A Brief Follow up on Commodities

By: Tim Wood | Wed, May 16, 2012
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I began warning my subscribers of the less than positive developments in commodities back in February. The cyclical and statistical issues discussed there have continued to develop and a couple of weeks ago I wrote here about the structural non-confirmation that had occurred between commodities and equities. In that article I basically explained that because of the similar cyclical structure that had followed since the 2009 lows, the non-confirmation was a warning of deeper rooted economic issues, that it is a sign of deflationary pressure and that lower commodity prices should be expected.

Since the article posted here a couple of weeks ago, the CRB Index has dropped below its 2011 low. In fact, it has moved to levels not seen since October 2010. Crude oil has since dropped from the 106 range to the 93 range. Gold has dropped roughly 100 dollars in the last two weeks and the XAU has moved below its 2010 low.

As the commodity complex moves into cyclical low points, they will find a low and a rally will follow. The danger is that most will view the cyclical low points and the advance that follows as an indication that the decline is over. Well, the decline will be over, but based on the structural developments that have occurred, it should be temporary. Meaning that it should be a counter trend rally and still lower prices should follow. That said, there is a slight chance that the rally out of the next cyclical low point could evolve into something more meaningful and the recent weakness could prove to have been a mere correction. However, based on current evidence, such possibility looks to be rather remote. The key will be the structural developments that occur in conjunction with the advance and the behavior of the Cycle Turn Indicator. If the associated cyclical picture should begin to develop in a structurally positive manner, then so be it. At that point the currently negative setup will begin to change. However, if positive structural developments are not seen in association with the rally out of the next cyclical low point, then such rally should prove to be an opportunity to get out of any existing long positions before the next shoe drops. Again, either way, the key will be the cyclical structure and the behavior of the Cycle Turn Indicator. Whatever happens happens as I let the data stand on its own feet and merely follow its meaning. A perfect example of this is the warnings I gave my subscribers beginning back in February and the warnings that I posted here a couple of weeks ago. My hope is that the recent weakness seen in the commodity complex has gotten every ones attention and that they are now more objective in their views. Otherwise, being married to a position and a belief can be a very costly mistake. My approach is based on price action and the associated statistics, which is much more objective and is available in great detail in my monthly research letters and short-term updates. Nothing goes straight up or straight down. Knowing where the cyclical inflection points are due, when we have hit them, the degree of that inflection point and the statistical meaning of the short, intermediate and longer-term developments are vital in navigating any market. For now, the probe for the next inflection point remains intact. I have included long term charts of the CRB Index, crude oil, gold and the XAU below. Also included is a chart of Natural Gas, which is back to 1990 levels. Did anyone think the advance into 2008 would be a failure? Was the decline out of the 2008 high to current levels expected? Is this perhaps a precursor of what's to come in other areas? Never say never. The structural developments are key in every market. With that knowledge we have statistical expectations to guide us just as we did in anticipation of the recent weakness.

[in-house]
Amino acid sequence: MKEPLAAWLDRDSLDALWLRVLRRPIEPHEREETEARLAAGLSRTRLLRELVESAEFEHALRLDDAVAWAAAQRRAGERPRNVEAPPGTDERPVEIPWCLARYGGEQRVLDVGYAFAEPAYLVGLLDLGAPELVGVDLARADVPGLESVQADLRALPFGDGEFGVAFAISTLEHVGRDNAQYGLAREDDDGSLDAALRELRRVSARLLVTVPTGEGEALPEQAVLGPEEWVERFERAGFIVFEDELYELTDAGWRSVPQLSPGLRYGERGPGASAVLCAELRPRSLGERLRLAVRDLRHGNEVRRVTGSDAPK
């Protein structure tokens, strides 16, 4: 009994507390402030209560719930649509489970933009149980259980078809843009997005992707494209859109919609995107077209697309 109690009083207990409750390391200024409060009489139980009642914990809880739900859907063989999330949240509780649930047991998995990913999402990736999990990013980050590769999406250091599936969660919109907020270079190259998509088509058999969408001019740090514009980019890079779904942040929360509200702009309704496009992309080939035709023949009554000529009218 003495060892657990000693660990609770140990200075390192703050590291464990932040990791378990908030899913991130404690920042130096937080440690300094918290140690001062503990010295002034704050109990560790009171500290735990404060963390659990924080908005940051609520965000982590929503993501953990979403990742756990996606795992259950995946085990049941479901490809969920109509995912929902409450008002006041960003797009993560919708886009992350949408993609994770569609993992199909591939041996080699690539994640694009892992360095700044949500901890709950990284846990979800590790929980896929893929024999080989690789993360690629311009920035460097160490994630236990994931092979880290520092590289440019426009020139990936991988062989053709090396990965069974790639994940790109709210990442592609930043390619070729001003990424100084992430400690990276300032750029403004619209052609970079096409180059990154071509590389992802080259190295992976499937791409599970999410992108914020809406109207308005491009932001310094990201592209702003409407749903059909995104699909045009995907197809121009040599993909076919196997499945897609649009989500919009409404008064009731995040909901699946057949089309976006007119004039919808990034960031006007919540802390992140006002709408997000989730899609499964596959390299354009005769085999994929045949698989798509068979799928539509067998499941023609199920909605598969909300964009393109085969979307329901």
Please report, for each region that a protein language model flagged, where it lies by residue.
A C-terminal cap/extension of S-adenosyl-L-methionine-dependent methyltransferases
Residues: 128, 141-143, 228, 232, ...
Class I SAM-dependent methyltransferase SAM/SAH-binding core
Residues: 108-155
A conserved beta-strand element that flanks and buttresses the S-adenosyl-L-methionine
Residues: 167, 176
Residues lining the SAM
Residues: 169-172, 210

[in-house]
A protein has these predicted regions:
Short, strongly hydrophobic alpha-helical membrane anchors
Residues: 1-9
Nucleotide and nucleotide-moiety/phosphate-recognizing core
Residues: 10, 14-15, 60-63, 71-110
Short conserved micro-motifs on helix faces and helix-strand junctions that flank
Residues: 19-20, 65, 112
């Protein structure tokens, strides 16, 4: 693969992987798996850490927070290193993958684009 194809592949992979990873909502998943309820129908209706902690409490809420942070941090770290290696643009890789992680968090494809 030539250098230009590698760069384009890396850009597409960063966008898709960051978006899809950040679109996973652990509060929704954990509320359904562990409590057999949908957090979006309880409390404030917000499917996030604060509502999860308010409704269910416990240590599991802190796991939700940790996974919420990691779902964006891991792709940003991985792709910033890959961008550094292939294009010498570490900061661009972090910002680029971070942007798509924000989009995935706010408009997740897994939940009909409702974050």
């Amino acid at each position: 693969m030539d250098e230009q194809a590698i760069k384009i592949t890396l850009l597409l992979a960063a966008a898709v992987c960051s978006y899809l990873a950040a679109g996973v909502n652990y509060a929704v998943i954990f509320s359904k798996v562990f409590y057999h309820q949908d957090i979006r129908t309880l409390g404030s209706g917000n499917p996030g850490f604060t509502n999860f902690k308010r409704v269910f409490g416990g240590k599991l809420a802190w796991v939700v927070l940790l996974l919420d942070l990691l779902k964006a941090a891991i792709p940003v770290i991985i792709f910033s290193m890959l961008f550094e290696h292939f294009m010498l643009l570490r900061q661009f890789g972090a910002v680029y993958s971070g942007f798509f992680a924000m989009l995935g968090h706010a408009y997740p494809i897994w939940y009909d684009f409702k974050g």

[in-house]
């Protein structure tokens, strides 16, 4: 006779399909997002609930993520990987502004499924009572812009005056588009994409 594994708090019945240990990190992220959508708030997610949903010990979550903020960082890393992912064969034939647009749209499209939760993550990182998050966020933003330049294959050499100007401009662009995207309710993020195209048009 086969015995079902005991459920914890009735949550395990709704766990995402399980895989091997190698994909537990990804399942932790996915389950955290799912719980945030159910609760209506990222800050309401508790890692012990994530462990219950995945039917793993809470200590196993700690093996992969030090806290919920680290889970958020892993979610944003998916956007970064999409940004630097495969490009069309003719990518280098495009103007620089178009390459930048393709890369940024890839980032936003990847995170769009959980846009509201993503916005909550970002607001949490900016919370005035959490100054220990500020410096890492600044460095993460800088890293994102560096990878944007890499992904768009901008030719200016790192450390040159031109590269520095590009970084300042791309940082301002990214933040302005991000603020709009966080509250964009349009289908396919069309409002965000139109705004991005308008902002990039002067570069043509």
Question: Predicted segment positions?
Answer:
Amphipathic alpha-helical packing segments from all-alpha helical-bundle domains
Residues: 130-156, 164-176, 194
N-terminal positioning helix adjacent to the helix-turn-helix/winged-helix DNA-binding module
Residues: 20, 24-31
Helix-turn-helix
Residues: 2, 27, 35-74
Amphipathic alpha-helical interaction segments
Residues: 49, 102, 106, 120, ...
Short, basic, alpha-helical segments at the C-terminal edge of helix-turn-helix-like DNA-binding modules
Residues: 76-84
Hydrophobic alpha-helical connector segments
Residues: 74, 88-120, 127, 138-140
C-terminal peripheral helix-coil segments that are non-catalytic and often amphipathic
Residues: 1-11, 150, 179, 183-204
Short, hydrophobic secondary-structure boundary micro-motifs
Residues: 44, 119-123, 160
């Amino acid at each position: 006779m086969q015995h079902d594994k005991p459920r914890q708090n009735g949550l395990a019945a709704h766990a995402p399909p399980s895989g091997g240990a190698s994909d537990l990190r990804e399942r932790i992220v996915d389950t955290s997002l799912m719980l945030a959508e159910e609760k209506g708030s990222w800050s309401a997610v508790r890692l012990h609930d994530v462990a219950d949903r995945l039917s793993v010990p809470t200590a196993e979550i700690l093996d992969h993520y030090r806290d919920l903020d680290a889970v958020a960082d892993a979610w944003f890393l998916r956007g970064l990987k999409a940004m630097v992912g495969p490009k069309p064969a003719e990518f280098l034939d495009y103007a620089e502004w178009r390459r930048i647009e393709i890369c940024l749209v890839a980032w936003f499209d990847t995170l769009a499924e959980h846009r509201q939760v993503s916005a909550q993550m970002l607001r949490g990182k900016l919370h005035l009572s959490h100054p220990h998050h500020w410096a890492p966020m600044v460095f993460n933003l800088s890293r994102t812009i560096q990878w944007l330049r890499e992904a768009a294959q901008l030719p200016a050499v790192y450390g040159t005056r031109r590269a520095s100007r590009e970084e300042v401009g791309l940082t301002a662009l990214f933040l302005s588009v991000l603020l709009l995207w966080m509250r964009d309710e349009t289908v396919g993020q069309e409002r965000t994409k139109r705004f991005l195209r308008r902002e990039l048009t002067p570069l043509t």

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Tim Wood

Author: Tim Wood

Tim W. Wood

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